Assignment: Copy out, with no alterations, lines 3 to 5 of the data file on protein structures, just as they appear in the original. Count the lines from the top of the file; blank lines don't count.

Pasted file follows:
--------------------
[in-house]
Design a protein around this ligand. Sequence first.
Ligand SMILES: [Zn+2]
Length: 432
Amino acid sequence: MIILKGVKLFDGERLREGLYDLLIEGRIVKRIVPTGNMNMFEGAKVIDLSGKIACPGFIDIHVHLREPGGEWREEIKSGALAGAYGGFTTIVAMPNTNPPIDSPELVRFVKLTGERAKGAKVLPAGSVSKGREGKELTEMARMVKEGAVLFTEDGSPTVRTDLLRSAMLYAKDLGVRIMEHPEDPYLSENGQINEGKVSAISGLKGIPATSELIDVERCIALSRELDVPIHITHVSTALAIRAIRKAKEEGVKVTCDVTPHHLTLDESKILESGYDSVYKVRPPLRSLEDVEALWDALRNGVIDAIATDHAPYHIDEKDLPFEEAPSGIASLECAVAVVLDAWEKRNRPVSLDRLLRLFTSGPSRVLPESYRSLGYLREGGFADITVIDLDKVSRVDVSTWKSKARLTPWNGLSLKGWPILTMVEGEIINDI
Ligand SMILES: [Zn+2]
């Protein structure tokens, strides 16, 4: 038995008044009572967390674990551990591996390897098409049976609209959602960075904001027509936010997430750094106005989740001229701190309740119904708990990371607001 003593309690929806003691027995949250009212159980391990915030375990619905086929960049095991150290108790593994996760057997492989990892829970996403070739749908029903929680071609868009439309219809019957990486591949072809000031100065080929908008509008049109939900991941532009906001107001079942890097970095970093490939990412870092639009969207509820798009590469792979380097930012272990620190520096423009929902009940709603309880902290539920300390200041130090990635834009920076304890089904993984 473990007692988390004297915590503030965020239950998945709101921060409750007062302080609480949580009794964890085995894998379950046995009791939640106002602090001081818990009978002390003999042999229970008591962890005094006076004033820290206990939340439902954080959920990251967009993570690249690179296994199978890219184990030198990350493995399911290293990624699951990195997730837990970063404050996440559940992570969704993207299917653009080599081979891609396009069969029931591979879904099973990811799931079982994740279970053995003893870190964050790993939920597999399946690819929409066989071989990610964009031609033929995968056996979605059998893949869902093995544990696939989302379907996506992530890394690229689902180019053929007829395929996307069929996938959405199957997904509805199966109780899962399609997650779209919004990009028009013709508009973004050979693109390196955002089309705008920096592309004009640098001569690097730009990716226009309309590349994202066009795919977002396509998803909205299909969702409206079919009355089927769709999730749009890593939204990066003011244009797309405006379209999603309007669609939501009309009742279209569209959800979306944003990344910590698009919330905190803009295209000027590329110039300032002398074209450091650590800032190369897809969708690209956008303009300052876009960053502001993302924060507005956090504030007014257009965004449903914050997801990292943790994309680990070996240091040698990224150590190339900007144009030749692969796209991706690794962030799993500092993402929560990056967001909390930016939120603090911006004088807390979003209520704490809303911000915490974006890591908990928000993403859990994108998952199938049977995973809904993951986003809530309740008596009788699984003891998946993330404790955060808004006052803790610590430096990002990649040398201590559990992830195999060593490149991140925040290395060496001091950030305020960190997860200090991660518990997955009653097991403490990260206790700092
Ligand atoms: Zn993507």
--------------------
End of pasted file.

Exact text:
Ligand SMILES: [Zn+2]
Length: 432
Amino acid sequence: MIILKGVKLFDGERLREGLYDLLIEGRIVKRIVPTGNMNMFEGAKVIDLSGKIACPGFIDIHVHLREPGGEWREEIKSGALAGAYGGFTTIVAMPNTNPPIDSPELVRFVKLTGERAKGAKVLPAGSVSKGREGKELTEMARMVKEGAVLFTEDGSPTVRTDLLRSAMLYAKDLGVRIMEHPEDPYLSENGQINEGKVSAISGLKGIPATSELIDVERCIALSRELDVPIHITHVSTALAIRAIRKAKEEGVKVTCDVTPHHLTLDESKILESGYDSVYKVRPPLRSLEDVEALWDALRNGVIDAIATDHAPYHIDEKDLPFEEAPSGIASLECAVAVVLDAWEKRNRPVSLDRLLRLFTSGPSRVLPESYRSLGYLREGGFADITVIDLDKVSRVDVSTWKSKARLTPWNGLSLKGWPILTMVEGEIINDI